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商業 - 科技

跨過這些坎,人工智能將為全球經濟貢獻14萬億美元

Bernhard Warner 2019年10月11日

一些軟件業初創企業使用人工智能來管理銷售。相比于人類的銷售人員,人工智能能更好地達成商業協議嗎?

圖片來源:Getty Image

全球增長停滯了,貿易爭端損害著從上海到斯圖加特到西雅圖的制造商們。盡管經濟狀況似乎不妙,但一些最熱衷的支持者們認為工業4.0仍然活躍,發展良好。

工業4.0是一個涵蓋廣泛的概念,它指的是運用大數據、改進的機器人和人工智能系統來運營業務。人們寄望于它,在未來十年乃至更長時間里,成為全球增長的主要驅動力。是的,甚至包括制造業。

到2035年,人工智能賦能的行業,將為全球經濟創造14萬億美元的價值,這是咨詢業巨頭埃森哲的預測。

這一估測,具體來說是來自于埃森哲實驗室的全球高級執行董事馬克·卡萊爾·比利爾德,他在周三參加阿姆斯特丹的人工智能世界峰會作主題演講時,輕松地說出了這一數據。他還舉了實例,有研究追蹤了一項在人工智能賦能自動化領域增長迅速的業務:呼叫中心。五年前,人工智能機器人可以成功解決十分之一的客戶電話,而如今這個數字是60%。

另外他還預測說,這一自動化的推進,不會像一些悲觀的經濟學家擔心的那樣,消滅很多人類的工作機會。

但是,在科技人士慶祝一個階段的成功之前,有一個警告得聽一聽。

卡萊爾·比利爾德說,人工智能不會造成對工作機會的威脅,“因為這些系統并不是很聰明。”人工智能及其各種迭代:機器學習、自然語言處理、機器視覺、音像識別等很好地應用在高度專業的任務中。在一些方面它干得不錯,比如預測明天的天氣、訂購電影票、晚高峰時幫你找出最快的回家線路等等。各種商業活動越來越多地使用企業級人工智能,從搜集到的巨量的有結構和無結構的數據中尋找出意義,剔除低效并節省成本。

但卡萊爾·比利爾德也提到,人工智能還是有盲點。它被訓練出解讀特定數據庫的能力,卻不能從復雜世界里引導出意義或者背景知識。人工智能是專家,卻不是雜家。因此,要讓這些系統真正智能化,還有許多工作要做。

紐約大學的心理與神經科學教授、《重啟人工智能》(Rebooting AI)一書的作者加里·馬庫斯,作了一番更加坦白的評估。他稱深度學習——即人工智能的一個分支,僅需少量甚至無需人類的監管就能處理巨量數據——是一個錯誤的命名。它適用于一些狹義特定的項目,但就其大被吹噓的潛力,馬庫斯表示質疑,比如它能改革交通系統(自動駕駛汽車)和醫療系統(分析巨量的核磁共振圖像來找出癌癥擴展的跡象)嗎?馬庫斯說,“深度學習不代表深度理解。”

“有多少放射科醫生被深度學習系統替代了?”他自問自答,“一個也沒有。”

卡萊爾·比利爾德認為,要使得人工智能系統真正有效,需要把它們設計成負責任的、具有透明度的以及沒有偏見的——而不只是干活超級快的小兔子。只有那時,人工智能系統才能達成其所有的潛力。

在人工智能世界峰會的首日,許多先期的探討都是關于建立所謂具有倫理的人工智能系統的必要性。馬庫斯和卡萊爾·比利爾德,與其他人一樣,也敦促開發界要構建出負責任的、透明的、不帶偏見的人工智能系統。

卡萊爾·比利爾德說,除非它是負責任的,“否則沒有人會信任它,也沒有人會使用它。”(財富中文網)

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譯者:宣峰

Global growth is stalling. Trade wars are hammering manufacturers, from Shanghai to Stuttgart to Seattle. But, awful as today’s economic outlook appears, Industry 4.0 is alive and well, its most ardent backers say.

Industry 4.0 is the catch-all term for the implementation by businesses of big data, improved robotics and artificial intelligence systems. And it’s still expected to be a major driver in global growth over the next decade, and beyond. Yes, even in manufacturing.

By 2035, this A.I.-powered push will provide a $14 trillion boost to the global economy, consulting giant Accenture predicts.

That’s the assessment of Marc Carrel-Billiard, global senior managing director at Accenture Labs, who rattled off these numbers during his keynote presentation at World Summit A.I. in Amsterdam on Wednesday. By way of example, he cited research that traced the progress in one growing area of A.I.-powered automation: call centers. Five years ago, A.I. bots could successfully resolve one out every ten customer phone calls. Today, he said, it’s 60%.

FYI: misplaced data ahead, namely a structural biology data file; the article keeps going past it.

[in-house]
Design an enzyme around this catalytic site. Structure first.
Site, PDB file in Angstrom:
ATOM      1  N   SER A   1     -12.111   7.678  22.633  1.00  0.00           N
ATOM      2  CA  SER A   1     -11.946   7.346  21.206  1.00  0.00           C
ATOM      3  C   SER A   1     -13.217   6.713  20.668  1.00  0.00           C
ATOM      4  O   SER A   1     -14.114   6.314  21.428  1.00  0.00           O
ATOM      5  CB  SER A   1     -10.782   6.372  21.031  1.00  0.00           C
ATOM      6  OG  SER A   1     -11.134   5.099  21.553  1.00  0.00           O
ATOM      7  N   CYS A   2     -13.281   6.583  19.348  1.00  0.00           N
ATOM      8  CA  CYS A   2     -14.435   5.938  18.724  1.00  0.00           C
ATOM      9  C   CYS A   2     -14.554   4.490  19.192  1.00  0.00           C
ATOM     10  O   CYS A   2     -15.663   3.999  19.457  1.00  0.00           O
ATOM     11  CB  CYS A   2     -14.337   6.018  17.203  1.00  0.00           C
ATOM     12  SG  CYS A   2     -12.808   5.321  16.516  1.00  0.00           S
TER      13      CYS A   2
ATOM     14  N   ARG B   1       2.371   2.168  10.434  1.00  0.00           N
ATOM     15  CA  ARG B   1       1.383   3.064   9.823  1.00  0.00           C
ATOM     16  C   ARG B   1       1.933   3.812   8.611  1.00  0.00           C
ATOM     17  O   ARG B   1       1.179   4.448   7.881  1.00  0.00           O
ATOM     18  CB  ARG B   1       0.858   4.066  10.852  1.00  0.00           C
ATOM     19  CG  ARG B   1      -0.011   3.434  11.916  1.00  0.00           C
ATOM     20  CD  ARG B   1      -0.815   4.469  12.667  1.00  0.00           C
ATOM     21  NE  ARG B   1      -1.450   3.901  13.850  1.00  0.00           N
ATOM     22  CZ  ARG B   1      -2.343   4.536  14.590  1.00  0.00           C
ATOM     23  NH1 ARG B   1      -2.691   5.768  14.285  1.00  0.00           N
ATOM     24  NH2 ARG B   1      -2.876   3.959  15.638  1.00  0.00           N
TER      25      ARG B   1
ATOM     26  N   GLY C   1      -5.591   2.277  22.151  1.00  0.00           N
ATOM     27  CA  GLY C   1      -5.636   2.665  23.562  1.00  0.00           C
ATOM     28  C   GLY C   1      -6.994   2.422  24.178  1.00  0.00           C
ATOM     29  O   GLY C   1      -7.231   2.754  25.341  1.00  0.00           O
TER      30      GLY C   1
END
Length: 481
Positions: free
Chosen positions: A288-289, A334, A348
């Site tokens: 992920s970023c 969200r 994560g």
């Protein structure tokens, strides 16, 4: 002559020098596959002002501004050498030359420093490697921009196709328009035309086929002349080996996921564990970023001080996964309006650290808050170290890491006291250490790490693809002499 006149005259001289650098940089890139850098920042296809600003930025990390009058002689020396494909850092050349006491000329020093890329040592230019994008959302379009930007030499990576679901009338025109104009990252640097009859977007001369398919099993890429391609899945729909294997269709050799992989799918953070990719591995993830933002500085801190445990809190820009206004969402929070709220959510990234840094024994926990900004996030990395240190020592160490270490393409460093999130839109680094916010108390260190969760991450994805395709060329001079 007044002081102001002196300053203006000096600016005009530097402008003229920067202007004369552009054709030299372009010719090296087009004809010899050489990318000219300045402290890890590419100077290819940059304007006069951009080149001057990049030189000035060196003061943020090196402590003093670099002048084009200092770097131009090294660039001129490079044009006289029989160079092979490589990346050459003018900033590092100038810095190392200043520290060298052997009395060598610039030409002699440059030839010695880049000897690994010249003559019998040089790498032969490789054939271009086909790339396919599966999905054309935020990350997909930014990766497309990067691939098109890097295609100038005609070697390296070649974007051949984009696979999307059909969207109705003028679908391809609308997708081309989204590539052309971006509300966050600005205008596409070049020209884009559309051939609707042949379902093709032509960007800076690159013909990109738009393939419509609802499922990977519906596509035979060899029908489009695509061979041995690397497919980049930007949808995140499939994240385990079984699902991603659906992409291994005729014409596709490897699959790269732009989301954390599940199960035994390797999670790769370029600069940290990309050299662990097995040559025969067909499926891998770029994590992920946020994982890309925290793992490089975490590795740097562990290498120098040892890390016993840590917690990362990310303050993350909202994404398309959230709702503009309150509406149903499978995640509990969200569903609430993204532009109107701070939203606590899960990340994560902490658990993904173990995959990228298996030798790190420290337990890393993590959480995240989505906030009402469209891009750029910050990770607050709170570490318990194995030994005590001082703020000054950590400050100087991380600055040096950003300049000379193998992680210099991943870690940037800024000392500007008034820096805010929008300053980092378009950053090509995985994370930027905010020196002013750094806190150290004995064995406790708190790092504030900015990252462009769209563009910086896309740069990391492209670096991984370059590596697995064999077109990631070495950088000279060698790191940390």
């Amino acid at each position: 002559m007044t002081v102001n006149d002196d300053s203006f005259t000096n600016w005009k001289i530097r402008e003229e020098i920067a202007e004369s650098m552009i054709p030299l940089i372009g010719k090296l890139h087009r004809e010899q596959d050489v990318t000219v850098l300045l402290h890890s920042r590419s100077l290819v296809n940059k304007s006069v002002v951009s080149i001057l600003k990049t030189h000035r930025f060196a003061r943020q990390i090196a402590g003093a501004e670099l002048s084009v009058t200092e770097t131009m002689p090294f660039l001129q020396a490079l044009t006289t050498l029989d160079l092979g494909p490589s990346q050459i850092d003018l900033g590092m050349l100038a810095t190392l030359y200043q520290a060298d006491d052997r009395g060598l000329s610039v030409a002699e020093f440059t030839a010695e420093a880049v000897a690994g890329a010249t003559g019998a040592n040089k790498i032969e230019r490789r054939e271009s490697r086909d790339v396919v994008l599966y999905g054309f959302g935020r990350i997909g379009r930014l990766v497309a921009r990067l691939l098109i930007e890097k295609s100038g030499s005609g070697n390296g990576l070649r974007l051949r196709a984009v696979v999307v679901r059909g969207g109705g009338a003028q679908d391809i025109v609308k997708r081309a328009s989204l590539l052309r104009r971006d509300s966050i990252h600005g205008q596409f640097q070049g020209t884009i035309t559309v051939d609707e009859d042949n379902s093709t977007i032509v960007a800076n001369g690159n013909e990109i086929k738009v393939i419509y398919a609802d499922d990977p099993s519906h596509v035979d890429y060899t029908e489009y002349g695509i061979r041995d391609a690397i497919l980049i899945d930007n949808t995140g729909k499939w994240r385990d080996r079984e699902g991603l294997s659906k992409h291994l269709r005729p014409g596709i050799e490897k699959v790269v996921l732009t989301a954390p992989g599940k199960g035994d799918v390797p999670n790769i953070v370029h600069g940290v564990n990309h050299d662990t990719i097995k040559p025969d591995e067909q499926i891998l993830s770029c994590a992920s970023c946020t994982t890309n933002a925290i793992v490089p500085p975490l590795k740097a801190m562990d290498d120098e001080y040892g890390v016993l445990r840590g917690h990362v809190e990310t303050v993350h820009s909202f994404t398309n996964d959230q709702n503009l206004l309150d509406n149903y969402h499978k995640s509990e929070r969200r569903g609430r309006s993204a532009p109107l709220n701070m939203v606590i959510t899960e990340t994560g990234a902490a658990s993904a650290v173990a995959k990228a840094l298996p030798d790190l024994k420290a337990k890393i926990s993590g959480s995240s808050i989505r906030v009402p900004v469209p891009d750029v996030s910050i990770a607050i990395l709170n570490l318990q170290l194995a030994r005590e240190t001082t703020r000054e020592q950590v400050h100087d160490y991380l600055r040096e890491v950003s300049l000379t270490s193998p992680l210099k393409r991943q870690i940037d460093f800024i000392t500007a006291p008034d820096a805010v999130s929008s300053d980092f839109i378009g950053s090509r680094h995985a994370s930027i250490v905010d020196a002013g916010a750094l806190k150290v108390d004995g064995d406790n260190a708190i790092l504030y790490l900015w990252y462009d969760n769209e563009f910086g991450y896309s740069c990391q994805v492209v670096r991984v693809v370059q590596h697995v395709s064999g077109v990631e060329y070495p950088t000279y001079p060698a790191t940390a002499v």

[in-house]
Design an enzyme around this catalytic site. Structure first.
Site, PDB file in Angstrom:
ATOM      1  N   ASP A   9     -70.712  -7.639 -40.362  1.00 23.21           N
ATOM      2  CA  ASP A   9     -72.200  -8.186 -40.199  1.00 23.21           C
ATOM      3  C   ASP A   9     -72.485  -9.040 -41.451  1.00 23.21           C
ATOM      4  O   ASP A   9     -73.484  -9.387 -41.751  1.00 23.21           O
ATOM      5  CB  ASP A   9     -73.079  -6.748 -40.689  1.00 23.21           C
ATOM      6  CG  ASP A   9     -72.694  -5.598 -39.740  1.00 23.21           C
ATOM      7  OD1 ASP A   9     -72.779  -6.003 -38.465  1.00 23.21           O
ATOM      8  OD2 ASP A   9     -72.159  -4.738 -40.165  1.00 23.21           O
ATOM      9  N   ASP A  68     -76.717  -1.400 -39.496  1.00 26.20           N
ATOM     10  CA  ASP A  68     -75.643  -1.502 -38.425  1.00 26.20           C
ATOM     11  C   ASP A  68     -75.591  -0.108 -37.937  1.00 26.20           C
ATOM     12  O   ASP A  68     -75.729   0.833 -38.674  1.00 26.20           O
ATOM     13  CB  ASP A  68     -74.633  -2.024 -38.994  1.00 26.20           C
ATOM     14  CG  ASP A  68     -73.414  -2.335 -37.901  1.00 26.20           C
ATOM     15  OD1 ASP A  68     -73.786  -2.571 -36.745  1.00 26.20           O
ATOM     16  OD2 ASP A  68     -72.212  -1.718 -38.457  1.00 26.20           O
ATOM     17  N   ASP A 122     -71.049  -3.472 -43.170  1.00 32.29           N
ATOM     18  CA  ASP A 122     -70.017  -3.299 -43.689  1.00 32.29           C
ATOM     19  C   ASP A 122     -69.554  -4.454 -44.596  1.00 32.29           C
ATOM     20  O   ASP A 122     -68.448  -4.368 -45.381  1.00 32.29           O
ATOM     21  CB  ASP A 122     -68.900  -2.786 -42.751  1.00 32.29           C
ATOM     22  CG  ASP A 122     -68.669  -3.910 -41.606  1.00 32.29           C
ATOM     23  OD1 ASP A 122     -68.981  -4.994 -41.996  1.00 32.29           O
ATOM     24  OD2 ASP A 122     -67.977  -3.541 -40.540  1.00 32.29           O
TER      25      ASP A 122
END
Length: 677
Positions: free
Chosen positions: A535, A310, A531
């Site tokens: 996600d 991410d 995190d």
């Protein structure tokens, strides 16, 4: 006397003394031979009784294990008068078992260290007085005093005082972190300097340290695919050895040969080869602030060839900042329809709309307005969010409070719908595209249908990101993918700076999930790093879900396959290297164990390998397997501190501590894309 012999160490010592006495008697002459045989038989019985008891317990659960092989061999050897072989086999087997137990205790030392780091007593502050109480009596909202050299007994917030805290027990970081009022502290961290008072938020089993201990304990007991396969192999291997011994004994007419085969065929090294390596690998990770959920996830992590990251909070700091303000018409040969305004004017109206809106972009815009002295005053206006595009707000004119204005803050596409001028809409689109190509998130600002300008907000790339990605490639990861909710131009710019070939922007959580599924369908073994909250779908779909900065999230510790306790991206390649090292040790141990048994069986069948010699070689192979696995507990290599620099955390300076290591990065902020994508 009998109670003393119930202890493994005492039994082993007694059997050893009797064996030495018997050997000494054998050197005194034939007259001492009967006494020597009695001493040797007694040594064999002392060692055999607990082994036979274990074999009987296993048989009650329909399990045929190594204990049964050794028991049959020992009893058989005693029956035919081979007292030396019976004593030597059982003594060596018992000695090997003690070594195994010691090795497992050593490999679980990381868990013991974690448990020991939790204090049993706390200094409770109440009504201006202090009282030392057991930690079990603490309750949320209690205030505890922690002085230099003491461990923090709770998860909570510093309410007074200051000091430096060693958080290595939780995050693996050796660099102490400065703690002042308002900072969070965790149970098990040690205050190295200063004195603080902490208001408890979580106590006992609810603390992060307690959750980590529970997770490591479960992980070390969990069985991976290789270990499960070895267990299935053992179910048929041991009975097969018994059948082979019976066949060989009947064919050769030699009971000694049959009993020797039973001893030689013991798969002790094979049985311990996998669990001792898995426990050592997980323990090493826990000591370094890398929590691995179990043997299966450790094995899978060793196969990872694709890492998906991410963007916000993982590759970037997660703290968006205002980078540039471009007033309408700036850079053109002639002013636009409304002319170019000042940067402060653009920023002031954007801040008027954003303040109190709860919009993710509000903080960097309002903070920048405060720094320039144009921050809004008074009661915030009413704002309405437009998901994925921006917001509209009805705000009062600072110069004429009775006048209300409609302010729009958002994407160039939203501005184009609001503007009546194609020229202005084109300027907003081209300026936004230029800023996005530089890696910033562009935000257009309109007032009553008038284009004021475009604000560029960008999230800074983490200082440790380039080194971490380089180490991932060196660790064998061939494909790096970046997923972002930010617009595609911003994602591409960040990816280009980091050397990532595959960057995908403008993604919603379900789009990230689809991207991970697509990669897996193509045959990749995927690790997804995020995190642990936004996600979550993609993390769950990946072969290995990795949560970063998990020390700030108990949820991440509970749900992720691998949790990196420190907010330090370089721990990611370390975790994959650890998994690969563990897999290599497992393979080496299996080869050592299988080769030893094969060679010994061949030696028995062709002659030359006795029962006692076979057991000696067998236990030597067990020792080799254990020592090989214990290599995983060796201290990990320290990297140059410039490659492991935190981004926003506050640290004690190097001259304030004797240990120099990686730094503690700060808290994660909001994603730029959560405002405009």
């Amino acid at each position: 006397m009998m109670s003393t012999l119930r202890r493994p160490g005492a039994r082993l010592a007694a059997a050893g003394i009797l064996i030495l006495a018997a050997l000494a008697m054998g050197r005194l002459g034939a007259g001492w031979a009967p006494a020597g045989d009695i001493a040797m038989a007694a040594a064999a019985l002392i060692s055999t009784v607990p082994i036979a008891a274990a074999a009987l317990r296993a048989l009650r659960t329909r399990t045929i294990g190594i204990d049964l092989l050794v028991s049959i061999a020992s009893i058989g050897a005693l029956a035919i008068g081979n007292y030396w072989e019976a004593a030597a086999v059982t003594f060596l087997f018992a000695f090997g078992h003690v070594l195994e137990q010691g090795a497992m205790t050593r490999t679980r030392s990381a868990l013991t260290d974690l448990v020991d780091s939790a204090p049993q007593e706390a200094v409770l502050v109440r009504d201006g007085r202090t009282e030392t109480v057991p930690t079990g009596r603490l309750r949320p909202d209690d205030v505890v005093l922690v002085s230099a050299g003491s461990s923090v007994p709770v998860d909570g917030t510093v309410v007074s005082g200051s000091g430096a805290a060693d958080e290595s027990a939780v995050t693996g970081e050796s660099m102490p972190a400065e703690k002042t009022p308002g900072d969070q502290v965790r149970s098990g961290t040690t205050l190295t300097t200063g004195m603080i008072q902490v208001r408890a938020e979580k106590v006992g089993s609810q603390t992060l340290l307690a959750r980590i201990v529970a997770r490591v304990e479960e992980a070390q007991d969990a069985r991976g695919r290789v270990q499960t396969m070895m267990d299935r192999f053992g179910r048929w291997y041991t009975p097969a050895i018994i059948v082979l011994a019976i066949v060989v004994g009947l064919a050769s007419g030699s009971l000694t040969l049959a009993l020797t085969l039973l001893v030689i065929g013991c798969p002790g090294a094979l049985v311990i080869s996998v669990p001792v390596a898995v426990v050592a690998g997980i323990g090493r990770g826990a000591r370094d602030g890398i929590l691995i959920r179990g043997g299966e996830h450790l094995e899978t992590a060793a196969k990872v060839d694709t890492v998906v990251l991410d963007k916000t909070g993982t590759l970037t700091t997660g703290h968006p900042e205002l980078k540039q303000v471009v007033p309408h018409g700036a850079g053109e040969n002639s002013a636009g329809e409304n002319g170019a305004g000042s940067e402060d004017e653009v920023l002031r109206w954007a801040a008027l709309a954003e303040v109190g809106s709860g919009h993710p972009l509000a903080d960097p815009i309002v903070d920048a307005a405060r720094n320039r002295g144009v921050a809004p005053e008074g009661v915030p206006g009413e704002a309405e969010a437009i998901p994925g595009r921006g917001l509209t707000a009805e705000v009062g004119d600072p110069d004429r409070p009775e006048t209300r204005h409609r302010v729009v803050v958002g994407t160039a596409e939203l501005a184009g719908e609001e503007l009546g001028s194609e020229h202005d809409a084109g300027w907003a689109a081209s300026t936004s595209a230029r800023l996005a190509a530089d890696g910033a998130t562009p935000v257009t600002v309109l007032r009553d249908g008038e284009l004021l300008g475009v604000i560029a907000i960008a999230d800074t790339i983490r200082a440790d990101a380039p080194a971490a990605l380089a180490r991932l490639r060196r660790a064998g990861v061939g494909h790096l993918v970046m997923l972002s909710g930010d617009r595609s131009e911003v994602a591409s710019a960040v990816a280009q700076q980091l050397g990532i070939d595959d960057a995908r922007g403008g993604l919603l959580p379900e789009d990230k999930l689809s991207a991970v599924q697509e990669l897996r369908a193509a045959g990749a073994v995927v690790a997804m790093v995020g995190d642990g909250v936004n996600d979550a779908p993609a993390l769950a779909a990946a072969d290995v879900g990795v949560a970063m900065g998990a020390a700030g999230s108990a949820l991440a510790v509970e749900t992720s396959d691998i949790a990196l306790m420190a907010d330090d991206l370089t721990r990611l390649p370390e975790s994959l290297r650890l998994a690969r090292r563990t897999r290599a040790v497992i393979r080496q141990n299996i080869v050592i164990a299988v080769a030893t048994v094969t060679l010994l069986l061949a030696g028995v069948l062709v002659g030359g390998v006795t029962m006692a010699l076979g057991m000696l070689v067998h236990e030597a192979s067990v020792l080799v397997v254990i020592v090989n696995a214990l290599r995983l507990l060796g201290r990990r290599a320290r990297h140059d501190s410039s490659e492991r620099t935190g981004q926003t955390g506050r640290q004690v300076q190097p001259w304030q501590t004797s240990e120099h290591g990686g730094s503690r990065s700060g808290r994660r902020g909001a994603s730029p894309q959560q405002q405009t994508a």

Moreover, he predicted, this push to automate will not be the jobs-killer the more bearish economists out there fear.

But before technologists take a victory lap, there’s a caveat.

They’re not a threat to jobs, he says, “because these systems are not very intelligent.” AI—and its many iterations: machine learning, natural language processing, machine vision, image- and voice-recognition—is well adapted at highly specialized tasks. It does a decent job telling you what the weather will be tomorrow, or ordering movie tickets or helping you find the fastest route home during the evening commute. All manner of businesses are using A.I. increasingly on the enterprise level to make sense of the vast flows of structured and unstructured data they collect to root out inefficiencies, and save costs.

But, as Carrel-Billiard notes, A.I. still has a blind spot. It’s trained to interpret certain data sets, not infer meaning or context from a complicated world. A.I. is a specialist, not a generalist, he says. And therefore, much work is needed to make these systems truly intelligent.

Gary Marcus, professor of psychology and neural science at New York University and author of Rebooting AI, is even more frank in his assessment. He calls deep learning— the subset of A.I. that can make sense of huge amounts of data with little to no oversight from human minders—a misnomer. It’s good at narrowly focused tasks, but he questions its much-ballyhooed potential to, for example, revolutionize transportation (self-driving cars) and medicine (analyzing huge volumes of MRI scans for signs of cancerous growths). “Deep learning is no substitute for deep understanding,” he says.

“The number of radiologists who’ve been replaced by deep-learning systems?” he asks. “Zero.”

Carrel-Billiard, for one, believes that in order for A.I. systems to be truly effective they need to be designed to be accountable, transparent and free of bias—not just super-fast task rabbits. Only then will such systems reach their full potential.

On day one of the World Summit A.I., much of the early discussion was about the need to build so-called ethical A.I. systems. Marcus and Carrel-Billiard, among others, challenged the development community to build A.I. systems that are accountable, transparent and free of bias.

Unless it’s responsible, Carrel-Billiard says, “nobody will trust it, and nobody will use it.”

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